Congratulations again to all the students involved in winning the Major League Hacking (MLH) award for the 2nd time last autumn. The trophy was finally presented to students in School of Computer Science last Wednesday. The new trophy sits proudly in the cabinet next to Byte Cafe, next to the previous one.
[ top ]News and announcements
The University recently joined the Vision 2020 Network.
Vision 2020 is a European networking platform launched in 2013 and was set up to enable universities, SMEs and corporates to collaborate through Horizon 2020. It was launched to foster business-university collaboration across Europe for organisations that wanted to engage with the Horizon 2020 programme building bridges between excellent research organisations and innovating companies.
The research organisation members of Vision2020 are a select group of excellent institutions that are highly active in European research & innovation. Membership for small and medium sized companies is open to any innovating business seeking Horizon 2020 funding.
The list of Vision 2020 members can be found here
The Vision 2020 Helixes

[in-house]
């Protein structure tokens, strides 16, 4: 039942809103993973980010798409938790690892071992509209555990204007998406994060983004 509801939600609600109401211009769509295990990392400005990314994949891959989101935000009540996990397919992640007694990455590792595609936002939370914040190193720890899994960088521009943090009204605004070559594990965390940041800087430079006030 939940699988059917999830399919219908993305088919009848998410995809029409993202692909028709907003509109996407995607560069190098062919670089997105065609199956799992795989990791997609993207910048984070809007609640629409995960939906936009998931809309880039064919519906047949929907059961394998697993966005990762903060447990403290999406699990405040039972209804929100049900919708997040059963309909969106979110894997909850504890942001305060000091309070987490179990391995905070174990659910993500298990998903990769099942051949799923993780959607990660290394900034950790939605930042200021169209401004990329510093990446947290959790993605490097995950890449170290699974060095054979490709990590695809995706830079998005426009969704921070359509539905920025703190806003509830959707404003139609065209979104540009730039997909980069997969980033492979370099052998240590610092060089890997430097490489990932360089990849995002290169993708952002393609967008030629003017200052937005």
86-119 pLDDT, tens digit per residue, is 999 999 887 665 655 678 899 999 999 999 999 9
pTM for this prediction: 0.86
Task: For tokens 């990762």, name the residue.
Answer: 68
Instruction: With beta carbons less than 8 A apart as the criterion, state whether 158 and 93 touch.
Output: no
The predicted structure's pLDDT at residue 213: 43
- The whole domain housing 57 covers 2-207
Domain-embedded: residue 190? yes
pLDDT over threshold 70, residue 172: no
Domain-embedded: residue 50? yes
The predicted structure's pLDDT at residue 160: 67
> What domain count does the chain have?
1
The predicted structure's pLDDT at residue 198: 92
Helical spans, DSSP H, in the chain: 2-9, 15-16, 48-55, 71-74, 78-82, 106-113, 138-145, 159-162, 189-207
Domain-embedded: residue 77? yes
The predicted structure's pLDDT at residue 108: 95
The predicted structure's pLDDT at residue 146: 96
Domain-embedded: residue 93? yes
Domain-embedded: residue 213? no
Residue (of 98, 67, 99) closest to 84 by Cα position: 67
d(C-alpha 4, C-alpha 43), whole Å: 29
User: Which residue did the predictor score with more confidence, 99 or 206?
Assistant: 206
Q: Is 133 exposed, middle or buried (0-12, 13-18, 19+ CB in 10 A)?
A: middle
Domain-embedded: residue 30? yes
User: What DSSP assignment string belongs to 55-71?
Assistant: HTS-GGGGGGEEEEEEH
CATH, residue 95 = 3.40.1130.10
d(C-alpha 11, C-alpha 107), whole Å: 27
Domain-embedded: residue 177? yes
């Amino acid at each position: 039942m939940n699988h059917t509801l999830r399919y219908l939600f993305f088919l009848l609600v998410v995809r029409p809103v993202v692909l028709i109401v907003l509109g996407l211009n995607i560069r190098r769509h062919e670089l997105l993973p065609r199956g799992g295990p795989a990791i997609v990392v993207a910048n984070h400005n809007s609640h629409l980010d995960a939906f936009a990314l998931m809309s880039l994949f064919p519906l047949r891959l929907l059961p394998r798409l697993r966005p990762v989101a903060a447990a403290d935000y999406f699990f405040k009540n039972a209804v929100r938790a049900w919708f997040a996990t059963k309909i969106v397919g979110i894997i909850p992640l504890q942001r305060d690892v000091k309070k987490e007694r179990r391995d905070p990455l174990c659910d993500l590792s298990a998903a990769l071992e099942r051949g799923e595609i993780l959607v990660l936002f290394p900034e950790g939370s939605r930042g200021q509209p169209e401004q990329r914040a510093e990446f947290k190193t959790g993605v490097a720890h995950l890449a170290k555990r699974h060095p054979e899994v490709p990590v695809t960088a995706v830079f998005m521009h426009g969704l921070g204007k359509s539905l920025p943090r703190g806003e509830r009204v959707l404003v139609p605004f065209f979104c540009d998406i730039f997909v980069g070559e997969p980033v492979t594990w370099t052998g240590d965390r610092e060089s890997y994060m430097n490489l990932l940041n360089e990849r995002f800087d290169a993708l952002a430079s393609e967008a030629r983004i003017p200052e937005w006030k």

Vision2020 currently hosts eight active communities of researchers and companies that work together in "Helixes" focused on a particular Horizon 2020 research area.
The Current Helixes are:
- Digital Health
- Prosperity and Resilience
Vision2020 also hosts a selected group of Experts that provide members with tailored services that are specific to Horizon 2020.
If you are interested in engaging with Vision 2020 please email:
The PG Cert in Higher Education is aimed at academic staff and senior PSS colleagues at the University of Manchester. Its aim is to help you think more critically about your contribution to the University, as well as to develop a better understanding of the sector-wide changes in the Higher Education landscape.
The programme is free to University of Manchester staff and full details are available at:
It should take you no longer than a few minutes to apply. The deadline for applications is 30th June 2016. We’ll let you know if you've been successful in early August.
[ top ]Events
Where: Kilburn L.T. 1.4
Time: 14:00 - 15:00
Speaker: Dr. David White (University of Glasgow)